Homeowner’s Do Have Rights
As far back as 1978, California passed CA Civil Code 714 which bars restrictions by homeowners associations (HOA’s) on the installation of solar-energy systems. The original legislation did not specifically apply to cities, counties, municipalities or other public entities.
Fast-forwarding, legislation was amended to extend restrictions to all public entities and common interest developments, meaning entities could impose ‘reasonable restrictions’ on solar energy systems that do not significantly increase the cost of the system or specified performance.
The next major legislative jump was in 2014 where AB 2188 adopted legislation that specified a dollar amount and system efficiency impact that restrictions on a solar system could create. Today ‘reasonable restrictions’ on solar energy mean systems do not cost more than $1000 to the cost of the original system or limit the efficiency of the system by 10%.
What does this mean to consumers?
What this means is that there is no entity, such as that of an HOA, that can restrict a homeowner from installing accessing their solar right. , from installing a residential solar system on their home. It also means that local government, agencies or organizations cannot unreasonably restrict the use of solar energy systems and gives people the right to a solar easement on their property.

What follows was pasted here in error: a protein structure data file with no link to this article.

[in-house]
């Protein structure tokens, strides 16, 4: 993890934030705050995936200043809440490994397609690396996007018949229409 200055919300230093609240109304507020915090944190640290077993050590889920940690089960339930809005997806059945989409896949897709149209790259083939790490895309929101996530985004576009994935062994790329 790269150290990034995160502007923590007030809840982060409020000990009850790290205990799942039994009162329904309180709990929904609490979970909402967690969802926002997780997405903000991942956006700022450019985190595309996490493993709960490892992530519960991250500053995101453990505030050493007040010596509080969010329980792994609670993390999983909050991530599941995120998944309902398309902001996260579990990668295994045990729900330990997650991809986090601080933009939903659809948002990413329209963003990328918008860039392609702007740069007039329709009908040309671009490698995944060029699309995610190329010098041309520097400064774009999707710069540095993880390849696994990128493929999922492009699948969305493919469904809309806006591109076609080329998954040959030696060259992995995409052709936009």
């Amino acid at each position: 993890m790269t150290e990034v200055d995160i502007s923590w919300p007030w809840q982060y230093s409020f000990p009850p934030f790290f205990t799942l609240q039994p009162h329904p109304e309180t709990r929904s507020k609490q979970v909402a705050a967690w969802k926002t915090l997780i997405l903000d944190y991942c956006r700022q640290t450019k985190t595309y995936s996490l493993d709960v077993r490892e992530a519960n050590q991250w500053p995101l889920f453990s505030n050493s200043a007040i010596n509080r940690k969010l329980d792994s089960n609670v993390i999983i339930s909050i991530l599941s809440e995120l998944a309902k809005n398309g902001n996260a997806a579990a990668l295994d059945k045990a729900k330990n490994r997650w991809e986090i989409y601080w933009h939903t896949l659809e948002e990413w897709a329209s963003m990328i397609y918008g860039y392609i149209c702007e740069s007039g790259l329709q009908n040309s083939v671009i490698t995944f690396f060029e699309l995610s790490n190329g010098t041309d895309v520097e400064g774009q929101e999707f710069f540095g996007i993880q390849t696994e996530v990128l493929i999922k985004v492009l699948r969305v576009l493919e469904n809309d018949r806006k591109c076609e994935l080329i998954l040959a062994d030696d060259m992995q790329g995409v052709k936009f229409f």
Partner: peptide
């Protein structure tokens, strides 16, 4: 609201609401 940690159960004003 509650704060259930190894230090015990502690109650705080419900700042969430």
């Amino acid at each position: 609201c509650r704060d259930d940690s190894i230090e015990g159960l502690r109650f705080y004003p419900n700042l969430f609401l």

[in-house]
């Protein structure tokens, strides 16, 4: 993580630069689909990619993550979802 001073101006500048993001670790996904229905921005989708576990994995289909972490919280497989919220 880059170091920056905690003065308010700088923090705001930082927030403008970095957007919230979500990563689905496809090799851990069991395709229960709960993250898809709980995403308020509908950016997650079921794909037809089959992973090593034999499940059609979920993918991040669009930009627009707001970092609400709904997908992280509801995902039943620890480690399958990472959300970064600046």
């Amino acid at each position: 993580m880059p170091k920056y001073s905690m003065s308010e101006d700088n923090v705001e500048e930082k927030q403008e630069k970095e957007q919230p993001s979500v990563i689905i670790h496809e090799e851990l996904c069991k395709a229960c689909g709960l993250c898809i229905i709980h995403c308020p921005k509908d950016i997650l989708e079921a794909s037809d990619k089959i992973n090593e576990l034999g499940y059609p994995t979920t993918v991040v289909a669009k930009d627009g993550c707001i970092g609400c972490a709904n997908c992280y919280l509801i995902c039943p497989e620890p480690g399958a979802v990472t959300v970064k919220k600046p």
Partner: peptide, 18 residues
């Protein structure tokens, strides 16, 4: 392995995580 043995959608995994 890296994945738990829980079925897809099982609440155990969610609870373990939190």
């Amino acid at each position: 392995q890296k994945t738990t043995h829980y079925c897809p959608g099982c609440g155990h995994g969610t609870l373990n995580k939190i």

Not Without Limitations
Does this mean a homeowner can do whatever they want, whenever they want? Of course not. It means that homeowners that live within solar-regulated communities must follow through with installation compliance. It also means that the project needs to be completed with a licensed and insured contractor. that applies for appropriate home improvement and construction permits to complete the job. The Solar Rights Act allows someone to not be restricted from garnering energy from the sun. But does not give someone the freedom to install it haphazardly.
Consequences of an HOA or other entity not following through?
Legislation AB 2180 of 2008 provides additional consumer protections. The Civil code provides that an HOA who willfully violates the Solar Rights Act must pay the solar system owner a civil penalty of up to $1000.00. Additionally, the Act provides that the approval or denial of an application for solar installation must be made within 60 days of submission, or it will be deemed as approved.
Questions About Your Solar Rights?
Have lingering questions about the practicality, or the legality, of installing a solar? Whether on your home or business, take a minute and reach out. Our Energy Advisers are available to help.
Here is an excellent article on the Top Questions You Should Ask Any Solar Company